GMS appeals only CABA's entitlement to attorney's fees under § 936, not the amount of attorney's fees awarded. Section 936 entitles a prevailing party to attorney's fees in any civil action for labor and services. "A prevailing party under section 936 must have prevailed upon the merits." Arkla Energy Resources v. Roye Realty & Developing, Inc., 9 F.3d 855, 866 (10th Cir. 1993) (construing § 936). "The authority to award an attorney's fee to the prevailing party is not limited to situations where a party prevails only after a trial on the merits[; the] operative factor is success, not at which stage or how that success is achieved[]." Wieland v. Danner Auto Supply, Inc., 695 P.2d 1332, 1334 (Okla. 1984) (quotation omitted). "We review the meaning of 'prevailing party' under Oklahoma law de novo," and the district court's determination of who satisfied that meaning for abuse of discretion. Arkla, 9 F.3d at 865-866 (citing Oklahoma law).

GMS contends that CABA is not entitled to attorney's fees pursuant to § 936 because a Rule 17(a) real party in interest dismissal is not a decision on the merits. This contention is without merit because it is clear from the district court's July 21, 1997 and August 15, 1997 orders that the dismissal was not, as characterized by GMS, an involuntary real party in interest dismissal. The district court denied GMS's real party in interest motion. It later dismissed GMS's complaint on the merits.

The district court's order of dismissal found that, with respect to GMS's claim that CABA failed to follow its underwriting guidelines required by the administrative agreement, GMS had conceded it had suffered no damage. Thus, the district court found that, even if CABA in fact violated the underwriting requirements, on the facts presented, GMS had failed to state a claim. Appellant's Appendix at A148-49. The district court also rejected GMS's assertion that it had brought the underlying action as Franklin's agent, finding that GMS failed to present any evidence, in its administrative agreement with CABA or otherwise, that it was required to bring the action as Franklin's agent or was otherwise acting as Franklin's agent. GMS does not appeal the district court's denial of its motion to substitute Franklin as the real party in interest, nor the court's dismissal of the complaint. We find no error in the district court's conclusion that, for purposes of the award of attorney's fees under § 936, CABA was the prevailing party on the merits of the action.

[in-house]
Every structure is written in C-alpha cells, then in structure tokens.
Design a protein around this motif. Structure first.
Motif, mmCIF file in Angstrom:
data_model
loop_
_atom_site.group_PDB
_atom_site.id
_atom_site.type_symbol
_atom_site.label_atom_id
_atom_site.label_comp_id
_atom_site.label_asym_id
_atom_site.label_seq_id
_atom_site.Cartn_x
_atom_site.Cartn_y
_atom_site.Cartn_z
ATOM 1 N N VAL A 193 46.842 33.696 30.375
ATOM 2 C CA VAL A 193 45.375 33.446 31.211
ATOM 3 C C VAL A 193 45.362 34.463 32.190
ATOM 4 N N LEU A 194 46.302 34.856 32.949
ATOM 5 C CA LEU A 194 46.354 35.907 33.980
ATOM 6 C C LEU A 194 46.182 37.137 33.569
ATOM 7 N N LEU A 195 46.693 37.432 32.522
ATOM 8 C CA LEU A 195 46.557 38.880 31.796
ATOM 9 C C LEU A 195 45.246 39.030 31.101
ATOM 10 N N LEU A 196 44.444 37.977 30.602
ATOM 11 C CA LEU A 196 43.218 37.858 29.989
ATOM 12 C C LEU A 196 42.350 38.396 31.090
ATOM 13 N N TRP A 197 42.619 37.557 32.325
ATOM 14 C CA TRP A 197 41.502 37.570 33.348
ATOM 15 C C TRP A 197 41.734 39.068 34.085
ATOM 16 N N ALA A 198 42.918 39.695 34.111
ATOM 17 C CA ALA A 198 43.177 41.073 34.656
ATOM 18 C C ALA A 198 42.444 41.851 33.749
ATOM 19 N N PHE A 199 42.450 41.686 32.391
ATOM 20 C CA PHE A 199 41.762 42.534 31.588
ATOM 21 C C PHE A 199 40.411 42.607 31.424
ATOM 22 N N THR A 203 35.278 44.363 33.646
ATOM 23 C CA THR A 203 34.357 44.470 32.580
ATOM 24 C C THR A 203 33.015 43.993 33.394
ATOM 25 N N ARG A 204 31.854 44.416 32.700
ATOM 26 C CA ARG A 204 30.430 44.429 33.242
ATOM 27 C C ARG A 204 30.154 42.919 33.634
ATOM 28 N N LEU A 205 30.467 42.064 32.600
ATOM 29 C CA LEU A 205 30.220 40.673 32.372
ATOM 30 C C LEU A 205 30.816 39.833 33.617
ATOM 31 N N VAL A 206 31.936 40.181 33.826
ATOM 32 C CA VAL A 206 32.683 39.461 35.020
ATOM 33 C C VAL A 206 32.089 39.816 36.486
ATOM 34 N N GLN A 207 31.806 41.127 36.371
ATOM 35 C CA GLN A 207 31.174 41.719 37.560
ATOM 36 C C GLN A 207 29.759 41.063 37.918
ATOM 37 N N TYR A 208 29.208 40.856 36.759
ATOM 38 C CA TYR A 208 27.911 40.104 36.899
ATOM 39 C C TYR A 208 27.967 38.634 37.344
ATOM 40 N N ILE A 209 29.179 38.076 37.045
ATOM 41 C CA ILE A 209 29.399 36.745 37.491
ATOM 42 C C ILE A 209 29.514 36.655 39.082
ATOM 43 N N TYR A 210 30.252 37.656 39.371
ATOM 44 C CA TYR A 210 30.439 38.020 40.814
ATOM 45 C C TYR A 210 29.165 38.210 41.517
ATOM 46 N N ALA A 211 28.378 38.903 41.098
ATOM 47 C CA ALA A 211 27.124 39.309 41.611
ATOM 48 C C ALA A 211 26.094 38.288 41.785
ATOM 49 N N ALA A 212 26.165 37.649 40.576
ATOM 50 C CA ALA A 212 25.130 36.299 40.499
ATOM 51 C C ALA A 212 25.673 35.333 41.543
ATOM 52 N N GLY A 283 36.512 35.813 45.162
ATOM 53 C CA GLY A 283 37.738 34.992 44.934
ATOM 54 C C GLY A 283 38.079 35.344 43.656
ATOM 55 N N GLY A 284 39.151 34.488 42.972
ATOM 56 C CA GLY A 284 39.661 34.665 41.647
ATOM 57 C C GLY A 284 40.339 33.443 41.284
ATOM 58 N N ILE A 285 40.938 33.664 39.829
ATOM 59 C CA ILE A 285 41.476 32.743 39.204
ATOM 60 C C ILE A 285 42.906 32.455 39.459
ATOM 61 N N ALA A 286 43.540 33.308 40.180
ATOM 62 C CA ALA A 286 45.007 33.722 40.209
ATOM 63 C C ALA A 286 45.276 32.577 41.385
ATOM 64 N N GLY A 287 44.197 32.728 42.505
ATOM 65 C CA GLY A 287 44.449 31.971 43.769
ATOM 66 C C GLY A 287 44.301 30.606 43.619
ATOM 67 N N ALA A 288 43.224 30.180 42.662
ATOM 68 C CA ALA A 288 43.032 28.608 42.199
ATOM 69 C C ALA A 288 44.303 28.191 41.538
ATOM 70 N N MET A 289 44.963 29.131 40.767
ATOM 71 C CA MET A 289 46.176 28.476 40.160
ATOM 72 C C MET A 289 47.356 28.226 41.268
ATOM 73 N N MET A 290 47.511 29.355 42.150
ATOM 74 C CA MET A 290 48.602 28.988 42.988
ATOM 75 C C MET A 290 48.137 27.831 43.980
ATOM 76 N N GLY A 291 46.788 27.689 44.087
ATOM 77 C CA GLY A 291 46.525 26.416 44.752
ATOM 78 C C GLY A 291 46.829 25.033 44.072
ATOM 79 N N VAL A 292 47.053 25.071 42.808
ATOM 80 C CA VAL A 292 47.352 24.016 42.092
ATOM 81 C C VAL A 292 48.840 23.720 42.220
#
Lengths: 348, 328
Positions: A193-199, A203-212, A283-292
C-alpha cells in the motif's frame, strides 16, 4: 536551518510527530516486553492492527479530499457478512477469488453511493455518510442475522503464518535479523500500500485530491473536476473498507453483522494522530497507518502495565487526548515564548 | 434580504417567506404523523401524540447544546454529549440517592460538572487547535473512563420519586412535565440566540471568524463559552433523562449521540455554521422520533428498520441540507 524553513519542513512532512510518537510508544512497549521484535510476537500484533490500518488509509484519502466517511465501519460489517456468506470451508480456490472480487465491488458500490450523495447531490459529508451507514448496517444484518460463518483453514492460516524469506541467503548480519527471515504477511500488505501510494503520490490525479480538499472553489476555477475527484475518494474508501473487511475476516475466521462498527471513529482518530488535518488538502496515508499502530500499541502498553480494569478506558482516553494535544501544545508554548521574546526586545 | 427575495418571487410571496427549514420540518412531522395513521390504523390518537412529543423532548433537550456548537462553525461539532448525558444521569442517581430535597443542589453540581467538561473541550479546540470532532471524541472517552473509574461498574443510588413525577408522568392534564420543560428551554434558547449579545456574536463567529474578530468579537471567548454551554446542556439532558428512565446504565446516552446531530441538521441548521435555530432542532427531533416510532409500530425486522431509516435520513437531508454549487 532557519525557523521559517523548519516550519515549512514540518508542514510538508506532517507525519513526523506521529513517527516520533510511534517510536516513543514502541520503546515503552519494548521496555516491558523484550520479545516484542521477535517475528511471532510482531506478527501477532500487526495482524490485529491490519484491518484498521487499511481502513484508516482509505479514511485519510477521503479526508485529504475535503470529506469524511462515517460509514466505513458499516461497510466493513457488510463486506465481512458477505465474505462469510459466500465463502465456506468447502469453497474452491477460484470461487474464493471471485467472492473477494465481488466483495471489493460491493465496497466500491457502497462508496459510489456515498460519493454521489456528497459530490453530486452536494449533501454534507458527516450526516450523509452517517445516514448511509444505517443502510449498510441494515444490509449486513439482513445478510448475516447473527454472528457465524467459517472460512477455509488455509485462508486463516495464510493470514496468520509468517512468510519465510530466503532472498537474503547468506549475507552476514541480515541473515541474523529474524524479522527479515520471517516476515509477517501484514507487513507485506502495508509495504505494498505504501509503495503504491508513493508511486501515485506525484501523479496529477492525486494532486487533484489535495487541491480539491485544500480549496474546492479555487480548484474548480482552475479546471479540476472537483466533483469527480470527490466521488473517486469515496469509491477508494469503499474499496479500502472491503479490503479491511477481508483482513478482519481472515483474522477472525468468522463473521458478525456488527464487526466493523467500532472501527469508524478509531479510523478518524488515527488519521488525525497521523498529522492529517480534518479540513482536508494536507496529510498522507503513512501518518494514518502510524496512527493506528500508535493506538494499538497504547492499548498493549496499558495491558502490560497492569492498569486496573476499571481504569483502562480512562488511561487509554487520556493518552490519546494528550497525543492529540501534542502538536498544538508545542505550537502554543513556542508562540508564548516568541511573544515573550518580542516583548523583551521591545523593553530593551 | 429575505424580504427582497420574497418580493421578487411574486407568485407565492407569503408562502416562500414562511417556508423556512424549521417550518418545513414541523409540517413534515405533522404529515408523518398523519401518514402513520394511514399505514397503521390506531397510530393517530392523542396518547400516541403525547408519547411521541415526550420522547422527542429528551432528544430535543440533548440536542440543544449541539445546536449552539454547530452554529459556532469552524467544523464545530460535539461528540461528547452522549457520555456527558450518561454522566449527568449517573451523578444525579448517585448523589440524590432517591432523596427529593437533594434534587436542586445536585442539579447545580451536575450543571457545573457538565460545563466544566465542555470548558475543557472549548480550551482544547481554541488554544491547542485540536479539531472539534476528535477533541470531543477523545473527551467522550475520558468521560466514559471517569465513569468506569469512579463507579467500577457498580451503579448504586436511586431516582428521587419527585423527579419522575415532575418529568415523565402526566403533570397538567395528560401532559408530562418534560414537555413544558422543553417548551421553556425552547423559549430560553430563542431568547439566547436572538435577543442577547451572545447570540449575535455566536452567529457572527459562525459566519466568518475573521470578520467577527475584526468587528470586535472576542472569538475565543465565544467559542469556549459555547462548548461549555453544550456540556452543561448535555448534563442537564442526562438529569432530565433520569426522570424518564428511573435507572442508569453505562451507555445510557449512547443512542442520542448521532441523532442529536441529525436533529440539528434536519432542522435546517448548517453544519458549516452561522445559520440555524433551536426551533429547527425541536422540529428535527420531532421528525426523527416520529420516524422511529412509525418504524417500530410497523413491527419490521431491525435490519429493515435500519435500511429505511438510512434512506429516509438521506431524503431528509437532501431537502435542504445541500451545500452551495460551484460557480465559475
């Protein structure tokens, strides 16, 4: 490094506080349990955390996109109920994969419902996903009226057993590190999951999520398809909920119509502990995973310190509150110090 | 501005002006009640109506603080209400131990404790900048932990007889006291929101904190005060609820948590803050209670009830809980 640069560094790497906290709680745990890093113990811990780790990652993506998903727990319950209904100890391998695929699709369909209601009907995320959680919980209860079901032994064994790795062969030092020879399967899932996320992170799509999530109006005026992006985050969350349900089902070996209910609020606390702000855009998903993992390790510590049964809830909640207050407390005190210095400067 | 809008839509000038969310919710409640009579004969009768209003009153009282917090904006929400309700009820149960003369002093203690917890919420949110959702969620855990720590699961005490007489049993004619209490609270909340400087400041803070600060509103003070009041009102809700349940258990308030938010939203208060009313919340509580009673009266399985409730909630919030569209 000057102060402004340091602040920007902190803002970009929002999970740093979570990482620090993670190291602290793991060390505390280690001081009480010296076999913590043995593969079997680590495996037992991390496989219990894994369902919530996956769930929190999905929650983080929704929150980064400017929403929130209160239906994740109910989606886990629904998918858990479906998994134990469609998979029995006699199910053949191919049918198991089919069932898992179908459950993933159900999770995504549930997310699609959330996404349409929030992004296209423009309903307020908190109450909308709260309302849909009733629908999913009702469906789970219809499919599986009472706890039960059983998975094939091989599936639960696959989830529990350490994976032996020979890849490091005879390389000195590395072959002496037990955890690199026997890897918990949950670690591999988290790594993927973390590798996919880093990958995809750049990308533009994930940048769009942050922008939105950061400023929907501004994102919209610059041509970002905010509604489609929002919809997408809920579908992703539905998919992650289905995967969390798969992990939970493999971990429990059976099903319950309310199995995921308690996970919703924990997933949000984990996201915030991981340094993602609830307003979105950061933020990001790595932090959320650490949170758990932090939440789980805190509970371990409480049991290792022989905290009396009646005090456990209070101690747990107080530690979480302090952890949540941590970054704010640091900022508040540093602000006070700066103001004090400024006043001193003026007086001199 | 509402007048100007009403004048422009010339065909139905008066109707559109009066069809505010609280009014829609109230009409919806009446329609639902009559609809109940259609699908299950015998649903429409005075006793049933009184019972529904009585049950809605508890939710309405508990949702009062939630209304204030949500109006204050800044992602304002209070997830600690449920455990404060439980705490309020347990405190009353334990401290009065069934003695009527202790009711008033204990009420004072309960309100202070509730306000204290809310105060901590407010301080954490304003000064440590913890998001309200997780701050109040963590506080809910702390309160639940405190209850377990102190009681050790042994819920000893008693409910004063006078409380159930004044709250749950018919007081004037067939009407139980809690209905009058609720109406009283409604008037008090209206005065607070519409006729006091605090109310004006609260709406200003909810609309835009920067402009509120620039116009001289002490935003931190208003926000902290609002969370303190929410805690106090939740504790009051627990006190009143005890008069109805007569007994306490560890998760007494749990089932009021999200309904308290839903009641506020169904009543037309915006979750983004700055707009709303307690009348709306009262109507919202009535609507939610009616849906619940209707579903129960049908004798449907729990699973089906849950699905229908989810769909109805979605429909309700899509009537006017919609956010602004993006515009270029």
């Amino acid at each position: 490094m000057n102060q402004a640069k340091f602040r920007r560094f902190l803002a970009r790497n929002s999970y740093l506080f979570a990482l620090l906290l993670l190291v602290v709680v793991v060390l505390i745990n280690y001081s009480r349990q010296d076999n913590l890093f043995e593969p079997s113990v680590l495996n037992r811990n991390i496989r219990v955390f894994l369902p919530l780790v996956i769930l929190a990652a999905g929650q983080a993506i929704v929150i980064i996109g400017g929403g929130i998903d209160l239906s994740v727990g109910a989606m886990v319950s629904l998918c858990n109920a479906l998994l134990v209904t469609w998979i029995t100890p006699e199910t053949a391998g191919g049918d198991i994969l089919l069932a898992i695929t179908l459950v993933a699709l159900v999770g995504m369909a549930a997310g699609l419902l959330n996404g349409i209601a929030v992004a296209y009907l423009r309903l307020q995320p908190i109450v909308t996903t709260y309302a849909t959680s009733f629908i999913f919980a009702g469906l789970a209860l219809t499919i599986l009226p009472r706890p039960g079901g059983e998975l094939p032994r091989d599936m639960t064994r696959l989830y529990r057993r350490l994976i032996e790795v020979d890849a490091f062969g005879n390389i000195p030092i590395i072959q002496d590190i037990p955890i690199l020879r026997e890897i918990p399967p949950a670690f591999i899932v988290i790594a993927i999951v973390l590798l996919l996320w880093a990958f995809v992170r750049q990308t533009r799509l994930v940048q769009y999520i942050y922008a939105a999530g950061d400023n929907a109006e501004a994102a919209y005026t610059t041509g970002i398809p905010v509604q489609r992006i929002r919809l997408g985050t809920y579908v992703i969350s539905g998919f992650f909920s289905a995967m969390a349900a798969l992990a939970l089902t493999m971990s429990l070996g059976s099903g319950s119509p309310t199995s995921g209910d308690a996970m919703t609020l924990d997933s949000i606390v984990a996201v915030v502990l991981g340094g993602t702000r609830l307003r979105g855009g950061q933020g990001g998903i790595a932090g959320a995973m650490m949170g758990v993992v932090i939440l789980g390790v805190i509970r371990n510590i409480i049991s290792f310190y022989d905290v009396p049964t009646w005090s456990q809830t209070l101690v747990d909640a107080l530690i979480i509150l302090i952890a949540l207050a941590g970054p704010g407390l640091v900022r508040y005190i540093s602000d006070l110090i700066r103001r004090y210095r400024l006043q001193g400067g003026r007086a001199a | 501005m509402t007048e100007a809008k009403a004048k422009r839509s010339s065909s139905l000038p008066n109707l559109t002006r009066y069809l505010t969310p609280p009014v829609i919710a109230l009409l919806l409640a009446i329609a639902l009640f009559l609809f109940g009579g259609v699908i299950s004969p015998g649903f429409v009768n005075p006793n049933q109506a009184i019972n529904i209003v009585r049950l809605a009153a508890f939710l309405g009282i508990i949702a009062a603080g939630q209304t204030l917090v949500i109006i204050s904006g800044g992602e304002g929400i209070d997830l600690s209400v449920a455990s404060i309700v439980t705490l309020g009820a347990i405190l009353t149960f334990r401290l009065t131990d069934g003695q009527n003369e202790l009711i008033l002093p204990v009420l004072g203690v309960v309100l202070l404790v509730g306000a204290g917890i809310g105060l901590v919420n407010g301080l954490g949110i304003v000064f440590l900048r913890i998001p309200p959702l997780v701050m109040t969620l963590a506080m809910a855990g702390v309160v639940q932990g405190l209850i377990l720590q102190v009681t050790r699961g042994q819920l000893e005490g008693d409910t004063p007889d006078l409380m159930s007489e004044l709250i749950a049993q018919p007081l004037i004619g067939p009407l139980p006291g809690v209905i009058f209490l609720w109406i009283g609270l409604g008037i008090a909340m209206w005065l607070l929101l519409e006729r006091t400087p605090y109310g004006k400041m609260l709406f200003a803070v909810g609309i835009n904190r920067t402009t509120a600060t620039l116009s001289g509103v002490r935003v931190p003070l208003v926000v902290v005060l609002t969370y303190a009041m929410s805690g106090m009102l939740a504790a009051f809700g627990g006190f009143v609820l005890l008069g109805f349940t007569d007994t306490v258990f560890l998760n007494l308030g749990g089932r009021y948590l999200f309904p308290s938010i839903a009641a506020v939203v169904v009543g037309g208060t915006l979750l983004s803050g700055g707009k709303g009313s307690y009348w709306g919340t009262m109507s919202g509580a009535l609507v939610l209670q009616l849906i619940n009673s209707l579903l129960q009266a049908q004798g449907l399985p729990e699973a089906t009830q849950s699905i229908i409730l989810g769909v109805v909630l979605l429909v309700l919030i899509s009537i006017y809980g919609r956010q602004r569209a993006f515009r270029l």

GMS also argues CABA is not entitled to attorney's fees because the underlying action was not one "for labor or services" as that term is used in § 936. GMS did not raise this argument before the district court, and therefore we will not consider it on appeal. See Walker v. Mather (In re Walker), 959 F.2d 894, 896 (10th Cir. 1992) (it is a general rule that this court will not consider an issue on appeal that was not raised below).

The judgment of the United States District Court for the Western District of Oklahoma is AFFIRMED.

Entered for the Court

James E. Barrett

Senior Circuit Judge

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*. This order and judgment is not binding precedent, except under the doctrines of law of the case, res judicata, and collateral estoppel. The court generally disfavors the citation of orders and judgments; nevertheless, an order and judgment may be cited under the terms and conditions of 10th Cir. R. 36.3.